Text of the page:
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In the process of dealing with the client’s situation, remain calm instead of telling the client to calm down. A customer who is raising his voice may cause you to react in the same manner and tone. Take the opposite stance. Be polite and provide assurance (that you are willing to help; that the problem will not recur). This is not time to argue: if the client is upsetting you and making you angry, and you can’t avoid being dragged into an argument, involve someone else. Quite often, bringing in another person will defuse the situation.

Using a positive language will draw the client closer. It doesn’t profit saying; “I can’t find out right away what happened about your breakfast…” when you can simply state; “Let me find out what happened and get back to you in a minute.” Tell the client what you are doing: if the process is taking longer than you thought, go back and reassure the customer. Explain what is happening.

Then when it is time to offer a solution, provide the best. If you have the solution right away, discuss it with him. If you do not, reassure him that you, as a company, are going to handle in the best way possible. If he rejects your solution, it is as well possible that you ask the client what he wants. There are times when it is important to engage him in identifying the solution. If you need to get someone else involved, such as a supervisor, let the customer know. As you get the solution(s), avoid passing blame to client or another employee, to the customer, you are the company.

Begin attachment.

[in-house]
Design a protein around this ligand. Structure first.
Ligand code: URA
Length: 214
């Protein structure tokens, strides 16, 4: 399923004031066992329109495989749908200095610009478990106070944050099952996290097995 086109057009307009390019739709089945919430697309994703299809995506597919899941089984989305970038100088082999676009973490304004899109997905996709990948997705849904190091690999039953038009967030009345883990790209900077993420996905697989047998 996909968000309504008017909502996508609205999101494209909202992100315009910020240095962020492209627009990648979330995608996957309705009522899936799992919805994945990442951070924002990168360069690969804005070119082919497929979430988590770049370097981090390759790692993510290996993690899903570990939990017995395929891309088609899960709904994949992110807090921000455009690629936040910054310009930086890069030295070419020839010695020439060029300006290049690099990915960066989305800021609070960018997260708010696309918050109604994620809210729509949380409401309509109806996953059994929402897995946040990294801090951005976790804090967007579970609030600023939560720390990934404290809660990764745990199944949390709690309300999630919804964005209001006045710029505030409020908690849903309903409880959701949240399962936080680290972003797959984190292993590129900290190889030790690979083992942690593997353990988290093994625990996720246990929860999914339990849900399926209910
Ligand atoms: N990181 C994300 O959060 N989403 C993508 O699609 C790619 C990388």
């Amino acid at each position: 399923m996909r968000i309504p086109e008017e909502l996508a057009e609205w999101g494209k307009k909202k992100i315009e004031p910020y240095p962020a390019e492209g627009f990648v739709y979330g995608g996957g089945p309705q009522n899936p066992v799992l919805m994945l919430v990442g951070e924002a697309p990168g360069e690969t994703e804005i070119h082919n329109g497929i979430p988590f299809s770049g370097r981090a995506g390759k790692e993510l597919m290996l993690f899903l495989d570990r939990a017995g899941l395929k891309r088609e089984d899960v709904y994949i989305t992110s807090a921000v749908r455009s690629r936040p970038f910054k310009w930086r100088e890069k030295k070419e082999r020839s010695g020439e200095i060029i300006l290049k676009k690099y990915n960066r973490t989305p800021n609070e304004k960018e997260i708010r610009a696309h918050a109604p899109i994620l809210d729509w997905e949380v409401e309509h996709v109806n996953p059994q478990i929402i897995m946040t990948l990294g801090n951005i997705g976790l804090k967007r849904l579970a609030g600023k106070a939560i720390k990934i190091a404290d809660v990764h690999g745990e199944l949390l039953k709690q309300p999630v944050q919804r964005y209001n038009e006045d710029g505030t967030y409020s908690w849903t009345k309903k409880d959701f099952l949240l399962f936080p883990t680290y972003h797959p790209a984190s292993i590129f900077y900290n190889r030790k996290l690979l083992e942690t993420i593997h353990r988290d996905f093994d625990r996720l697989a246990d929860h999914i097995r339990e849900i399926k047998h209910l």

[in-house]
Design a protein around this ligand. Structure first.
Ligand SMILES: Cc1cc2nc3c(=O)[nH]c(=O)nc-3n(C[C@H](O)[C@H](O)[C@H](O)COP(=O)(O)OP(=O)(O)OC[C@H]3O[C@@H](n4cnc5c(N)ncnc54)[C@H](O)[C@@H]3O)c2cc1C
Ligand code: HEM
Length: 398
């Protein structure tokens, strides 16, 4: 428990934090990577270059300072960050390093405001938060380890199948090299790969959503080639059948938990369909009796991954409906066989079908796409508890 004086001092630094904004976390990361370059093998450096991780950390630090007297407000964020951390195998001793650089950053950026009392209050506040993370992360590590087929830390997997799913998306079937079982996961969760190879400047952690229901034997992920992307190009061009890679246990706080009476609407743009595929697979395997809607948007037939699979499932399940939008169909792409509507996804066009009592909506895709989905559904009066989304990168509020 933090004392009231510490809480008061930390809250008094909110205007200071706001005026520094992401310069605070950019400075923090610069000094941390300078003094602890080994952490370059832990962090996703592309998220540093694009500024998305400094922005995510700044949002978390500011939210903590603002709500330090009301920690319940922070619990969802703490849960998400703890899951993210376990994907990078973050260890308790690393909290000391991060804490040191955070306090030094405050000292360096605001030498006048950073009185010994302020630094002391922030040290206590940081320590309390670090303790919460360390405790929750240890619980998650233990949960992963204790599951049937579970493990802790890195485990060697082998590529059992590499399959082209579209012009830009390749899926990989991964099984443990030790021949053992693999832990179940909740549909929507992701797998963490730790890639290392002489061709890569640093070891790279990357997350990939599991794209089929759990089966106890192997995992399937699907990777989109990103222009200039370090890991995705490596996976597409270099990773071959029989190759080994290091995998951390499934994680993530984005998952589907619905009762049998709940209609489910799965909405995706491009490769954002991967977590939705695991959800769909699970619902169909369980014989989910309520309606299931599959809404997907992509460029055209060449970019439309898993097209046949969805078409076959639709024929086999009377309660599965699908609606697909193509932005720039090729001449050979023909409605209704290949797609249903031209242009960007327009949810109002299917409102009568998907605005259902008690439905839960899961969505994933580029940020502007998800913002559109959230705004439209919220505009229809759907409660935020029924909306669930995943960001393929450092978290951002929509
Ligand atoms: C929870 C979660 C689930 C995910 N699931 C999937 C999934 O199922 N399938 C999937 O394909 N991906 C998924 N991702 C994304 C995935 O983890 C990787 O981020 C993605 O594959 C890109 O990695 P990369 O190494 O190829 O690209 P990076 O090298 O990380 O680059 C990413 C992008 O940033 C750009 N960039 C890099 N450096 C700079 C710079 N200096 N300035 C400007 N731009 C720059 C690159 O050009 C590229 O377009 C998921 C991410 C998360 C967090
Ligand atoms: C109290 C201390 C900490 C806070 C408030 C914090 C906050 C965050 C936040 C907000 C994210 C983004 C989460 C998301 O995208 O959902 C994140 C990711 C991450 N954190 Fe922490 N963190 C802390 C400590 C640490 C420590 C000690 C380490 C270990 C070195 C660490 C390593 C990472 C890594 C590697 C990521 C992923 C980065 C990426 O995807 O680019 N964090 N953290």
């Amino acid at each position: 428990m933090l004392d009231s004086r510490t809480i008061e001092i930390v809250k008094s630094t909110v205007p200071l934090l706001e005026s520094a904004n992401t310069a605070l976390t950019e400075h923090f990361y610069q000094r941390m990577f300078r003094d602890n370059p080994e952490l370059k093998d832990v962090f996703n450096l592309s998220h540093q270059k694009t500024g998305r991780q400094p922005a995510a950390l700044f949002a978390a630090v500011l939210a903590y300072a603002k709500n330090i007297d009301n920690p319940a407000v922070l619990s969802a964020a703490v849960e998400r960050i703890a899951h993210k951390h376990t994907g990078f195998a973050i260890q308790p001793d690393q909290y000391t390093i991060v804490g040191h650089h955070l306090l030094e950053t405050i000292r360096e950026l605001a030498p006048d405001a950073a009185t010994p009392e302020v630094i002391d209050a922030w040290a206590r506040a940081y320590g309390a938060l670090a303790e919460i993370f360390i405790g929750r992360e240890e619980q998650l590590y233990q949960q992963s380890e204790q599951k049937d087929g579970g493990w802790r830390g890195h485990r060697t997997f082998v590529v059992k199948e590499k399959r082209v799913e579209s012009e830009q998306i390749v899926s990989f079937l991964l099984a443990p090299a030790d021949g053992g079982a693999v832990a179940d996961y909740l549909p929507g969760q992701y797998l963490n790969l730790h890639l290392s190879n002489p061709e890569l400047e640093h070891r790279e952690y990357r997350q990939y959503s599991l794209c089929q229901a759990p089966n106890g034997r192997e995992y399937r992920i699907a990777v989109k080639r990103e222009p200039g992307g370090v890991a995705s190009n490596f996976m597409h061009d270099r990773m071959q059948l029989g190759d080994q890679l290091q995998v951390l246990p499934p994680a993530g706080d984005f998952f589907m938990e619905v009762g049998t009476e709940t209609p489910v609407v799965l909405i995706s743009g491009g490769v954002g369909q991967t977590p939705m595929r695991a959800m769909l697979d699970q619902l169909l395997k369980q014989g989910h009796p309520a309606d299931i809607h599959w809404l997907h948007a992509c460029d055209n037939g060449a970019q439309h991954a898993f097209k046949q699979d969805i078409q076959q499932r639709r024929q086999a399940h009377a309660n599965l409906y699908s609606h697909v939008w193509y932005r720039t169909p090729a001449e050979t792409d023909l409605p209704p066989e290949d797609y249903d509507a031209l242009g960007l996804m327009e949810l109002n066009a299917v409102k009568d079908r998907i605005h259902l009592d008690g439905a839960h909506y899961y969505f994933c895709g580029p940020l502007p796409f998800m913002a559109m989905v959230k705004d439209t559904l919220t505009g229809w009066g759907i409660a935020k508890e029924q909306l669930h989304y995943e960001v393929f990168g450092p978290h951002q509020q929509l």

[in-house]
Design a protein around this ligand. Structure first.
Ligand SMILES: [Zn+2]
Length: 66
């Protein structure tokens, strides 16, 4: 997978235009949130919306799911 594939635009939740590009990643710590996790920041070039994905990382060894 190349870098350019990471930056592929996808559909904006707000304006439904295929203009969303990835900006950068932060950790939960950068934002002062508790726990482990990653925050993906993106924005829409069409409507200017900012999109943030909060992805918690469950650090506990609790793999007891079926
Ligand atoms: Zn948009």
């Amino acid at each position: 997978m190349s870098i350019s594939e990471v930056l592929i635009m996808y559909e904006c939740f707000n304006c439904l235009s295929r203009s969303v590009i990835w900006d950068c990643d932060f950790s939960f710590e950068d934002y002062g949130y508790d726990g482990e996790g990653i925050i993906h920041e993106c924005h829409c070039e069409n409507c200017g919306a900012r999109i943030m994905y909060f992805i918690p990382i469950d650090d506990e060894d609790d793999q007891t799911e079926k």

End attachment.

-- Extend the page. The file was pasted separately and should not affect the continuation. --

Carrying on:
Once you have agreed on the solution, take action and follow up. Explain every step you are going to take to fix the problem. Make sure the customer knows the process from beginning to end. Provide the customer with a time frame as to when the problem will be resolved. Whenever a deadline cannot be met, give the customer a call to let them know there has been a delay. You can then give the customer a new date for resolution of their problem.

Thank the customer for allowing you to make things right and show that you value the customer all through the process. Give him your calling card and possibly a discount on his next purchase. After a few days, call him to find out if the solution you generated together has worked for him or if there’s some other ways you can help.
Now that the client is off the premises, how do you ensure that such a complaint never happens again? Fix what needs to be fixed and use feedback. Analyse the situation(s), establish what went wrong, what needs to be reviewed, what your other customers say, and, most importantly, what the employees say and how you can work with them to bar such situations from recurring. Do they have the knowledge and technical skills? Are their private lives and frustrations creeping into the office work?

Be proactive and use the challenge to generate ideas, solutions and policy. The complaints, once well handled have an effect of promoting better interactive styles/relations and will tap into resources seldom used with ordinary clients. As we meet and solve these clients’ problems we develop exceptional levels of tolerance, empathy and courage. Mastery, confidence and self reliance, intuition and appropriate judgment are some of the other traits developed.